Tutanota and ProtonMail are our two top-rated services when it comes to encrypted email. They’re neck and neck in our roundup of the most secure email providers, and it’s easy to see why. Both offer excellent free plans, they’re packed to the brim with features and, above all else, they’ll keep your messages safe.
In this Tutanota vs ProtonMail comparison, though, we’re going to find which is the better option between the two. From security and privacy to ease of use and customer service, we’re going to compare these two encrypted email service point-by-point.
If you want a more in-depth look at each service, be sure to read our ProtonMail review and Tutanota review. Although we’ll touch on most of the talking points here, our reviews go into detail about our experience while using each.
Setting Up a Fight: Tutanota vs ProtonMail
Here’s how this comparison is going to go down: we have six rounds, and each round is worth a point. We’ll talk a bit about why we like each service in a particular category, compare the two and award a point. Whichever service has more points at the end is our overall winner.
Although we’ll reduce each round to a single point, there’s often a lot more nuance within rounds, and that’s especially true for two top-tier services. Tutanota and ProtonMail are both excellent, so we recommend reading each round to find the service that’s right for you.
With that out of the way, let’s start with the most important category for encrypted email services.
Tutanota and ProtonMail take fundamentally different approaches to email security, despite the fact that the end result is mostly the same. Starting with ProtonMail, it’s an OpenPGP service, utilizing the long-standing email encryption standard: RSA for messages between users and AES for messages from a user to a non-user (read our description of encryption for more).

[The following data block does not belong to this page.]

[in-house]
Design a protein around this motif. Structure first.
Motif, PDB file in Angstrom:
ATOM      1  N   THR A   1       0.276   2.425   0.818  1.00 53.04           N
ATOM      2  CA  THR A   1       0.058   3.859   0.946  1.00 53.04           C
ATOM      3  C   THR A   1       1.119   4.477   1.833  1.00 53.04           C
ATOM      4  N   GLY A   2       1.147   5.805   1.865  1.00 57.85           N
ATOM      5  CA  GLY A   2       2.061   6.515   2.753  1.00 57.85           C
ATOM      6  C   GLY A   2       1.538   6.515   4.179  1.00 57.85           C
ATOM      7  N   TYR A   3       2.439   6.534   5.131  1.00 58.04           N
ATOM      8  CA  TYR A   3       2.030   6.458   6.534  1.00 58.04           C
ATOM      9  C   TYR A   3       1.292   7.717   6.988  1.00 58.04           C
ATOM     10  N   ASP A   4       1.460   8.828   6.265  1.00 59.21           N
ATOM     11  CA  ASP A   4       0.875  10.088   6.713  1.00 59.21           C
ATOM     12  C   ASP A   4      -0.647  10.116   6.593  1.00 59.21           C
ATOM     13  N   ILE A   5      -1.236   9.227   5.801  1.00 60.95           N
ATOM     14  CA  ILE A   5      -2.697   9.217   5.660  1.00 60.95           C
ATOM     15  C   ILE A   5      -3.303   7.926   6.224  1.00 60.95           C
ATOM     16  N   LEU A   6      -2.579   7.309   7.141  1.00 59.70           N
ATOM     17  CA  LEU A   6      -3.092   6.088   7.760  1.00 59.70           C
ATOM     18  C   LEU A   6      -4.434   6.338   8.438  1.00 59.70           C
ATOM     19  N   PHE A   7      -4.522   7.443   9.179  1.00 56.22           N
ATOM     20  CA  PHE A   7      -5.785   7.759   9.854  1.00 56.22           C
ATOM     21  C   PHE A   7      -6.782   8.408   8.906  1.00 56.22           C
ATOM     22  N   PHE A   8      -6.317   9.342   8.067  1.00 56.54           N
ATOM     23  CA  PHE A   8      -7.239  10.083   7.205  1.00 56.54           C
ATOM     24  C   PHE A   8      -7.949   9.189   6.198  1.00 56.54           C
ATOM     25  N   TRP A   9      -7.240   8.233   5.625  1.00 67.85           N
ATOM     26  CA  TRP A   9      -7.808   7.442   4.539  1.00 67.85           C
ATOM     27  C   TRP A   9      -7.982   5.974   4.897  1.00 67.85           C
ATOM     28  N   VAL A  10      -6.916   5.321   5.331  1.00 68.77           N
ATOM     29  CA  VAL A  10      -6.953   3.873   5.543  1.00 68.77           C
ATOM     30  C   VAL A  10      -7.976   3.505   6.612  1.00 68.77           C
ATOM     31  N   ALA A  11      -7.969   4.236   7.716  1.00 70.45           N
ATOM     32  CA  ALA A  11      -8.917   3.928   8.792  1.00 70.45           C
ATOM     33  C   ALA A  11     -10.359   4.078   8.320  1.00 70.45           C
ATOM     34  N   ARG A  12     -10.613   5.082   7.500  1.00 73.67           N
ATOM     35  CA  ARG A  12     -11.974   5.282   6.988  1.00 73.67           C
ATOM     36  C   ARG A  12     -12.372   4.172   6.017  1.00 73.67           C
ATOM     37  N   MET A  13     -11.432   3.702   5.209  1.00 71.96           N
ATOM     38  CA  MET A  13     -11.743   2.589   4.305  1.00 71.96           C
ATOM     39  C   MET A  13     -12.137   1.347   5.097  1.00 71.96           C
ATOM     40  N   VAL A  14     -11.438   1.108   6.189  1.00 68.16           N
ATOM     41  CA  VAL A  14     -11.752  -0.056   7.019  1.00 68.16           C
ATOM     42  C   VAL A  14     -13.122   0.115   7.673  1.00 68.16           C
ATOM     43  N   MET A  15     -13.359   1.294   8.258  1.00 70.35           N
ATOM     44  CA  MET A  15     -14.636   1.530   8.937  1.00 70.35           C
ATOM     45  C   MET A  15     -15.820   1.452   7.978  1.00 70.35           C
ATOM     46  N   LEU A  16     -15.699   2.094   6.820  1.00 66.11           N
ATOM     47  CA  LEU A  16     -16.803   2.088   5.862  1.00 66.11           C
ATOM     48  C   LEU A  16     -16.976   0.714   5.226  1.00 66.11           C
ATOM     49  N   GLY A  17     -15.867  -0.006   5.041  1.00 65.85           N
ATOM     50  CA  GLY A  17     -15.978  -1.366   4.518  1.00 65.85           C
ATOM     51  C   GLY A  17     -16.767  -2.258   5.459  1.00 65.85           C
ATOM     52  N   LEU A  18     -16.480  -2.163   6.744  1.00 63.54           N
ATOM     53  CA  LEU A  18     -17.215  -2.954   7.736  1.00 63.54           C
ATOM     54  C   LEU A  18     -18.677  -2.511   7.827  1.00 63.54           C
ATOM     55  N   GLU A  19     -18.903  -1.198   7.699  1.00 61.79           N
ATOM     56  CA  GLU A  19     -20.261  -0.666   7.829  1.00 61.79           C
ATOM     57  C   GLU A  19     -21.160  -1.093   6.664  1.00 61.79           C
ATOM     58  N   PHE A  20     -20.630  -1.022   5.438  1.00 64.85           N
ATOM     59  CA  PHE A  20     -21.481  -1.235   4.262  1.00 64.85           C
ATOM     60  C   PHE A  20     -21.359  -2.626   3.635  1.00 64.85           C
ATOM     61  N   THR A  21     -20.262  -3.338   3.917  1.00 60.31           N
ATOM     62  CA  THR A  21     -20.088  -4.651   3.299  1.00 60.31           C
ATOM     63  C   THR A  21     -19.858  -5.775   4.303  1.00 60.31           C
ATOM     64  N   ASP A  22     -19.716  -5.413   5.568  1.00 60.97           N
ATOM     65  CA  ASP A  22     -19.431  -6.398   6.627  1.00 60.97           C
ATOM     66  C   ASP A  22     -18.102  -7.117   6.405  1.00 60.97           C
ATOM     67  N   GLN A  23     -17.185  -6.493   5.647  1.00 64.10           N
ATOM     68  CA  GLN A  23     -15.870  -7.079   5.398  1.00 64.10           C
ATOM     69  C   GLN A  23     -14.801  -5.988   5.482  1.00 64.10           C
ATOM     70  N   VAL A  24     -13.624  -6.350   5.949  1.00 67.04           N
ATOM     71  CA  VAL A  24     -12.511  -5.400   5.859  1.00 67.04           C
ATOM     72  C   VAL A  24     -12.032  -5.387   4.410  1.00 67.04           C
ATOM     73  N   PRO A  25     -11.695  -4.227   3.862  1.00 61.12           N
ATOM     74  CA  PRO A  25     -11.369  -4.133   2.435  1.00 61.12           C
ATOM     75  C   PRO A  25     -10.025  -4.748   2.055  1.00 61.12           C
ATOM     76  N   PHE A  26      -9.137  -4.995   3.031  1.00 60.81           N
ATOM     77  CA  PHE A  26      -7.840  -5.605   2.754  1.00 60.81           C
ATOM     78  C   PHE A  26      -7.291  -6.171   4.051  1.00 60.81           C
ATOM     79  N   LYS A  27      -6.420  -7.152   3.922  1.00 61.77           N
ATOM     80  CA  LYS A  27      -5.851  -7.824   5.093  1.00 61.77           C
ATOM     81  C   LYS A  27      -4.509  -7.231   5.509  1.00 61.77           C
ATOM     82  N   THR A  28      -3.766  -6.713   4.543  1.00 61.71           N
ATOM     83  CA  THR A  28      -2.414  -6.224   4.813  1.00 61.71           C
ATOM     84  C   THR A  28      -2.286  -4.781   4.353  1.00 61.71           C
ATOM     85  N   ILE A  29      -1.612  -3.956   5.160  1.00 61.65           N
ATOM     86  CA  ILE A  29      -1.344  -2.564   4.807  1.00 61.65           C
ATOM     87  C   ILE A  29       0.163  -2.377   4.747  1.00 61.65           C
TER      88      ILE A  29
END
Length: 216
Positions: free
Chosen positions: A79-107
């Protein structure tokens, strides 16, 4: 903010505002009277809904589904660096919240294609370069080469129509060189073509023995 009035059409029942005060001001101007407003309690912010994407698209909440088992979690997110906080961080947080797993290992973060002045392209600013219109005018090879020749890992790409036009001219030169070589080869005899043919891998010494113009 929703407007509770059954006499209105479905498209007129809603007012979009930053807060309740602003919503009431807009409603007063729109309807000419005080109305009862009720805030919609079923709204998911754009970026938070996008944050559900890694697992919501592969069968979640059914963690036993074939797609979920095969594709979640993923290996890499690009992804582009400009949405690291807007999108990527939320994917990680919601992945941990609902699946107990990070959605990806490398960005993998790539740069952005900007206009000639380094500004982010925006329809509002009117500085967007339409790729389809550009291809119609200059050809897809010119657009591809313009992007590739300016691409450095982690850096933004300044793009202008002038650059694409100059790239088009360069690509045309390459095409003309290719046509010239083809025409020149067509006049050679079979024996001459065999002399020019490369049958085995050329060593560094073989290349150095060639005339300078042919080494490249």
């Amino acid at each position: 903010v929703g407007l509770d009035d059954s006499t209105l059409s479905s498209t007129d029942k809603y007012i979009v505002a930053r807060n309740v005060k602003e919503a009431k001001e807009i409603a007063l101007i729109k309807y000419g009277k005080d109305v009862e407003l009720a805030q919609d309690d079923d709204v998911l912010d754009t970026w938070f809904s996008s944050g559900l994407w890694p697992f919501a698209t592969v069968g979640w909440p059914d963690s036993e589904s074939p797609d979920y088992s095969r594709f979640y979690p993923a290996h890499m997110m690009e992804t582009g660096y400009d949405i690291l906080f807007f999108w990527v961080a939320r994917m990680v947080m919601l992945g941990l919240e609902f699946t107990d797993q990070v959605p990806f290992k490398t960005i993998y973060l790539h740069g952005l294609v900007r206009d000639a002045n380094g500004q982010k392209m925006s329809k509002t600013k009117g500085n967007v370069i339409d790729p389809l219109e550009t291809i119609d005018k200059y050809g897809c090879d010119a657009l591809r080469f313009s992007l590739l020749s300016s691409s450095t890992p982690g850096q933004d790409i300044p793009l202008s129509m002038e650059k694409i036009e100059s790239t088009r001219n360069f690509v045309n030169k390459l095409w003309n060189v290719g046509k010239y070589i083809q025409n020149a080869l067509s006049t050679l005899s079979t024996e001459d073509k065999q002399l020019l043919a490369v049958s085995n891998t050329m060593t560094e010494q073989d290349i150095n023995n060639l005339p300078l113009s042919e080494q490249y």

That’s a similar story to Tutanota. It uses RSA for user-to-user communications and AES for user-to-non-user communications. The difference is that Tutanota doesn’t use OpenPGP — or PGP at all, for that matter. It’s still built on the same recognized algorithms and, on a technical level, it functions much in the same way as PGP services. There are a few distinguishing factors, though.
The largest issue with PGP right now is that it doesn’t encrypt the subject line. There’s no way around it, and no matter if you’re using Hushmail or Gmail, your subject lines won’t be encrypted with PGP. Also, PGP doesn’t have an option for perfect forward secrecy, meaning if someone can compromise a past session, they can compromise a future one, too. Tutanota offers both of these features.
Past that, Tutanota has another security advantage over ProtonMail: dedicated applications. ProtonMail is based in our browser, and although browser security has gotten much better in the last decade or so, browsers are still less secure than a local application. Thankfully, both services have applications for Android and iOS.
Proton Technologies — the umbrella company that encompasses ProtonMail and ProtonVPN — is a privacy-focused company. The company is based in Switzerland, and for ProtonMail, all of the server infrastructure is located there, too. The Swiss privacy laws are some of the best in the world, protecting your data from domestic and international threats.
ProtonMail maintains a transparency report where it documents every request it receives for information, as well as how many requests it has complied with. The number is pretty high — it complied with nearly 1,500 requests in 2019 alone — but that may be due to ProtonMail’s large customer base, not an overt willingness to compromise user privacy.
Tutanota doesn’t get into the privacy weeds. It maintains a zero-knowledge model, like ProtonMail, meaning Tutanota can’t see your password or private encryption key, so by extension, it can’t see your messages.